• A very little amount of capital investment is needed in the short run after the initial capital outlay is invested in setting up a functional kitchen at the beginning of the ghost kitchen business. In conventional restaurants, the expensive furnishings and decorations are changed from time to time. 


Making delivery with precision and timeliness is necessary for a successful ghost kitchen business. The difficulty with which apartments are located in cities where properties are developed indiscriminately and the frequency of recorded traffic jams are some of the impediments to meeting these requirements.

The rare physical interaction between ghost kitchen operators and their customers makes it challenging for operators to build a good relationship with their loyal customers.

The absence of other value-added services such as serving alcohol and soft drinks, playing music, and taking special orders as done in traditional restaurants takes away some of the means of making customers more satisfied and loyal.

Even though the internet presents cheaper media for advertising and marketing services, some customers rely on the rankings of ghost kitchen ranking agencies to decide on kitchens to patronize. This puts new and unpopular kitchens at a disadvantage.

The ease with which menus are adjusted in ghost kitchen business models could create scenarios where replicating prepared recipes tend to be difficult.

Steps on how to Start a Ghost Kitchen

Ghost kitchen allows the operators to provide customized or tailor-made services to their various customers through third-party delivery apps. They are somewhat easy to set up and hold huge profit potential. The following are some of the simple steps required to set up a ghost kitchen.

  1. Estimate the total cost of all the necessary smart kitchen accessories that would ensure smooth and effective culinary undertakings. Juxtaposing the estimate with an entrepreneur’s startup capital reveals the possibility and feasibility of venturing into the business.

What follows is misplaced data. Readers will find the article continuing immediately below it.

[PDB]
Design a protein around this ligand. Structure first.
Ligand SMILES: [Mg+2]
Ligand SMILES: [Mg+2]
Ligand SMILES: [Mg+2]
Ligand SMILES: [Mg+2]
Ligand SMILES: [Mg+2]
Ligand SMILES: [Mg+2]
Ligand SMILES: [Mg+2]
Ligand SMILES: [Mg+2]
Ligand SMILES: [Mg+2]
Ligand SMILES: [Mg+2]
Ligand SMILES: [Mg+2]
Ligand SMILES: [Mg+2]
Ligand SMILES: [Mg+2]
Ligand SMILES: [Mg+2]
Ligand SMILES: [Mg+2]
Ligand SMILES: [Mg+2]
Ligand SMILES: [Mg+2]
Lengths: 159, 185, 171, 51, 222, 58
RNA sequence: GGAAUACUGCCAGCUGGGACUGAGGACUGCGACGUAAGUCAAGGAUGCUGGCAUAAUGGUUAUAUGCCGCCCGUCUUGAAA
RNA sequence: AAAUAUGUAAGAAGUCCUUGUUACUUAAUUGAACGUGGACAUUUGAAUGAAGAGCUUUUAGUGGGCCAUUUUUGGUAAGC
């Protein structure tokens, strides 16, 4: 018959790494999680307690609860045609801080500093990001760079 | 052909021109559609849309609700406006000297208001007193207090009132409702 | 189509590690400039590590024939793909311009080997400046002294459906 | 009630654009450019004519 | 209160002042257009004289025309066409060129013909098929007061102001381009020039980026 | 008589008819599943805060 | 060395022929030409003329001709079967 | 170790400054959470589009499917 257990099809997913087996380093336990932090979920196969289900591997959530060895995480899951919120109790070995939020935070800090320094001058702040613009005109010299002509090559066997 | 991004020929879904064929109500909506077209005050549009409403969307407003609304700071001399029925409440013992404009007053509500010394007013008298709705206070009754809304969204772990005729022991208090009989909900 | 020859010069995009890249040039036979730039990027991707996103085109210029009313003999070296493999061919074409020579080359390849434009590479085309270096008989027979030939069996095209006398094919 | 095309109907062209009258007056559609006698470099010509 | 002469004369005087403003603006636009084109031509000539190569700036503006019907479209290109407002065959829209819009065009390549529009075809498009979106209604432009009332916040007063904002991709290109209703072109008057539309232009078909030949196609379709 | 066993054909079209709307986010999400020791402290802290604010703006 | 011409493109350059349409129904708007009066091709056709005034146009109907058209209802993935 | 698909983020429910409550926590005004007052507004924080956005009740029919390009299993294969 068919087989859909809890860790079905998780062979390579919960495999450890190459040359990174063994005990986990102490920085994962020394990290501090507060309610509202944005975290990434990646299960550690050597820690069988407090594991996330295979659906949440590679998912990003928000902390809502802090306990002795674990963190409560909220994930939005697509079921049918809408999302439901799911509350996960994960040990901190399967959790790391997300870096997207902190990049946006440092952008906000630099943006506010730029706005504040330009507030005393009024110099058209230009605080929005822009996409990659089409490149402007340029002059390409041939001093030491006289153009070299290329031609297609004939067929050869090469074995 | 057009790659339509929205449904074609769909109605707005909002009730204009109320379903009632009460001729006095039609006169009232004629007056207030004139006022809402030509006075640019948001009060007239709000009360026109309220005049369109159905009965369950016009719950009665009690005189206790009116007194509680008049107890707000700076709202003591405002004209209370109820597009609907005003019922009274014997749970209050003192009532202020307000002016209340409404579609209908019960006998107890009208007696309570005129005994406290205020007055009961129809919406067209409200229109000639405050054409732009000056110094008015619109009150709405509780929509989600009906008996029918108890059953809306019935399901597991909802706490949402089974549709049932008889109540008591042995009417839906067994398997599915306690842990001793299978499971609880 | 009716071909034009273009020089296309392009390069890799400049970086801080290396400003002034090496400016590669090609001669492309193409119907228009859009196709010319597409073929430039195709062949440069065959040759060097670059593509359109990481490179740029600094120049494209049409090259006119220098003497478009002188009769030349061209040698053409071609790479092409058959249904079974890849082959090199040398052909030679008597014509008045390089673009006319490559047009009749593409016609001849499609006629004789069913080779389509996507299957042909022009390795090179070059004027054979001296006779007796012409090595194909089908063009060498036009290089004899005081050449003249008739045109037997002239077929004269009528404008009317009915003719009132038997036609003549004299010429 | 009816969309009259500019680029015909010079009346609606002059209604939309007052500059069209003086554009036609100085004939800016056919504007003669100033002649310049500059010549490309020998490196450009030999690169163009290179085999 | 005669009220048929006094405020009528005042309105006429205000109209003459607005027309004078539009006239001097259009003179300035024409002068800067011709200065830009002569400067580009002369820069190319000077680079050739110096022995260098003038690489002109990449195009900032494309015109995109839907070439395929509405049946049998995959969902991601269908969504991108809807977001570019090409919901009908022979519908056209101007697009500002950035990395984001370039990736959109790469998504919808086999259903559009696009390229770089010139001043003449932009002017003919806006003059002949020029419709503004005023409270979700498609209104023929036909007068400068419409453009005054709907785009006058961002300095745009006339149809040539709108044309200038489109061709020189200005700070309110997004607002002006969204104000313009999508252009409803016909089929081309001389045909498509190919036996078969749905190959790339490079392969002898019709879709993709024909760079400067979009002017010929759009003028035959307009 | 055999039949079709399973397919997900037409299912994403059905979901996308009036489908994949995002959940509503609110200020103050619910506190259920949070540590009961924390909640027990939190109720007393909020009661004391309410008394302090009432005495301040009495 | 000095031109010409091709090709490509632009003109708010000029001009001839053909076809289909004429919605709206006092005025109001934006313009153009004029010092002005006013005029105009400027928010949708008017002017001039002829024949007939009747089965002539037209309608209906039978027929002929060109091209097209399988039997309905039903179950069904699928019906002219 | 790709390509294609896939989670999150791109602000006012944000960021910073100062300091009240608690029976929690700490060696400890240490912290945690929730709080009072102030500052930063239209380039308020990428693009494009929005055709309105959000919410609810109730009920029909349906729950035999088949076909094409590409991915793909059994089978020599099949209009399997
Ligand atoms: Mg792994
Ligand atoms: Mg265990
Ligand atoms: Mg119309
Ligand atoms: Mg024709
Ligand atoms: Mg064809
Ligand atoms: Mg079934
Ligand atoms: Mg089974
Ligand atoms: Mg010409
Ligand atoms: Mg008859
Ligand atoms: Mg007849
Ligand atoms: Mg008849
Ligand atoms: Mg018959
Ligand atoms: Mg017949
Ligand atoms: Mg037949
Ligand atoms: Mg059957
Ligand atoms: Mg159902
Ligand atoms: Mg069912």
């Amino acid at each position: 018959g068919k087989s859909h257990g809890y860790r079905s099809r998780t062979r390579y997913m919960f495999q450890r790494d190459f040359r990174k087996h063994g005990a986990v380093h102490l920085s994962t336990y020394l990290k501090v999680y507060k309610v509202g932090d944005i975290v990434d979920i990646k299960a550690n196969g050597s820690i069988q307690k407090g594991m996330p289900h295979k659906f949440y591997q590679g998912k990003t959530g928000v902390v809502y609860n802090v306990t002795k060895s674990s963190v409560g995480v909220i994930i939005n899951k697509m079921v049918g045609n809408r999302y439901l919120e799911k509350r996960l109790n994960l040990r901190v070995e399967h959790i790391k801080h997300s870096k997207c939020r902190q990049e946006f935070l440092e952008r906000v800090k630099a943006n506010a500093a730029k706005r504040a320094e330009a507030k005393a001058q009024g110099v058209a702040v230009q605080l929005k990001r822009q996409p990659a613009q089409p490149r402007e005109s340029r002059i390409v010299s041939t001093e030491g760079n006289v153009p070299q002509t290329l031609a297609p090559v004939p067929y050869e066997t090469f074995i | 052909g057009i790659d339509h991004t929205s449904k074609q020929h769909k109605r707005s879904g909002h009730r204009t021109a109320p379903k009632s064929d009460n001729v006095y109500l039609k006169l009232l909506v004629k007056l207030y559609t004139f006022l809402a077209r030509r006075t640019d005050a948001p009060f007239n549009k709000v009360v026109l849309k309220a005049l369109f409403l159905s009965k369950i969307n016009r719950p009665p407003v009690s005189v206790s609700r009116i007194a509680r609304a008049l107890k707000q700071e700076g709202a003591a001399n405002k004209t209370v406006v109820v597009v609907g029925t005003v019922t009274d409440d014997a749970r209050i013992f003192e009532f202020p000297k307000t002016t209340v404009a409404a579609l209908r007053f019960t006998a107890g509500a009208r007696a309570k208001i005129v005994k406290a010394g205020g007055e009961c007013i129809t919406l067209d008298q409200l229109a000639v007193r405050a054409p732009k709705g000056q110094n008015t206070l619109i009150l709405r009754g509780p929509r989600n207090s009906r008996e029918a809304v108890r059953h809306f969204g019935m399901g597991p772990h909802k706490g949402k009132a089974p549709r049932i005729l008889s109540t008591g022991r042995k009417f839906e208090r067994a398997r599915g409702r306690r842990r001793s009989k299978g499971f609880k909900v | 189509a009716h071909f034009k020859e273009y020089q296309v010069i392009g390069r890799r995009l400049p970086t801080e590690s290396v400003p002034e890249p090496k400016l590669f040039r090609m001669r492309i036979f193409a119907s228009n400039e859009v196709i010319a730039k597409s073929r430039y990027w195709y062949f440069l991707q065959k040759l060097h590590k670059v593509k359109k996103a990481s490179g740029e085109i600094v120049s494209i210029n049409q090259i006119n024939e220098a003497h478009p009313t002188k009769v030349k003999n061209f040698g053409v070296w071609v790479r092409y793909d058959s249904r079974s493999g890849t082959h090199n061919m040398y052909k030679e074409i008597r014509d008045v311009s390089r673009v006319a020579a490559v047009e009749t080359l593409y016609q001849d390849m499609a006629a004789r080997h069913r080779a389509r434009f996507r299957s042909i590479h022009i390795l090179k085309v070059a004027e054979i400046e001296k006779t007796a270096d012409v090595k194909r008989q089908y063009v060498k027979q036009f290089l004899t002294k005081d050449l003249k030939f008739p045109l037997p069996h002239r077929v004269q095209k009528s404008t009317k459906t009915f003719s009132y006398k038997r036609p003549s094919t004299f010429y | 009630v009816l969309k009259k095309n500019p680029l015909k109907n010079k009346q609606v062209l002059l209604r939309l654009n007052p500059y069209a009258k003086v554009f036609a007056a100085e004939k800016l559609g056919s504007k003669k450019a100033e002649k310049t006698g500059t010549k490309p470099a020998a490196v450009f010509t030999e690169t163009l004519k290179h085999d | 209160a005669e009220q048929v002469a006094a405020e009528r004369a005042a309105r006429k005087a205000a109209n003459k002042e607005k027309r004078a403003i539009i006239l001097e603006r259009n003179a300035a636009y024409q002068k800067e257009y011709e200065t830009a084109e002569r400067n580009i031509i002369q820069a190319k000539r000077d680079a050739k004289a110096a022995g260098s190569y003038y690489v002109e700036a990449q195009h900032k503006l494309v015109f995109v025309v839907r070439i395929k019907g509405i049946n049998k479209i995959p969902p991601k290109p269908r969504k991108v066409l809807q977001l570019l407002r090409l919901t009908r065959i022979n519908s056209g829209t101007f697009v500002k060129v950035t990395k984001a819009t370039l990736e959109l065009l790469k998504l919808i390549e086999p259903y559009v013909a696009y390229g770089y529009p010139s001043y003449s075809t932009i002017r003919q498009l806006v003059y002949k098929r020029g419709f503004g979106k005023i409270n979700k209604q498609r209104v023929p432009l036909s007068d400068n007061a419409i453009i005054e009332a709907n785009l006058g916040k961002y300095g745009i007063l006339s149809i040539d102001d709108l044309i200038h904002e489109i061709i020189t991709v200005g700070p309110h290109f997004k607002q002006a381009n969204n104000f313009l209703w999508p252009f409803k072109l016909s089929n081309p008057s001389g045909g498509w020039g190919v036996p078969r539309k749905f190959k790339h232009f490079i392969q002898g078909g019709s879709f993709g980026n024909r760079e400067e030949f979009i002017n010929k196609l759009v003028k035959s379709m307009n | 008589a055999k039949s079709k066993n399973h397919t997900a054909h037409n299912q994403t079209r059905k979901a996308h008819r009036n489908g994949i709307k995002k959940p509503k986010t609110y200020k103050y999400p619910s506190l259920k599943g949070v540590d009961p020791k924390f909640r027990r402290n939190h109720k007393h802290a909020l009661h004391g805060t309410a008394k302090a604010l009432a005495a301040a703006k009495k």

2. Identify a specific market. Indicating a market of choice will help an entrepreneur to analyze extensively the present situation of the market, reach out to the target population with ease, identify an existing gap and inform them on how to convert the inherent opportunities to wealth.
  3. Create a basic but tightly flexible menu. This stresses the need to have a menu that is comprised of the popular cuisines among the target population, with a few other food recipes that are specially requested alone or together with the more popular ones.
  4. Set up a smart and effective service delivery process. This highlights the entire procedure that culminates in the customer deriving maximum satisfaction. It entails the preparation of rich and delicious cuisines which are prepared and delivered in time.


Large corporations are increasingly toeing the path of using apps to facilitate their business operations. This initiative which has been in existence for a while enjoyed accelerated and more ubiquitous acceptance in the height of the COVID-19 pandemic. Providing services to customers remotely makes entry into an industry relatively easier due to the lesser capital required to set up a shop and lower cost of business operations.

Leave a Reply

Your email address will not be published. Required fields are marked *



Want Receive new Business Model Analysis direct on your inbox? Subscribe now and don't miss any new posts!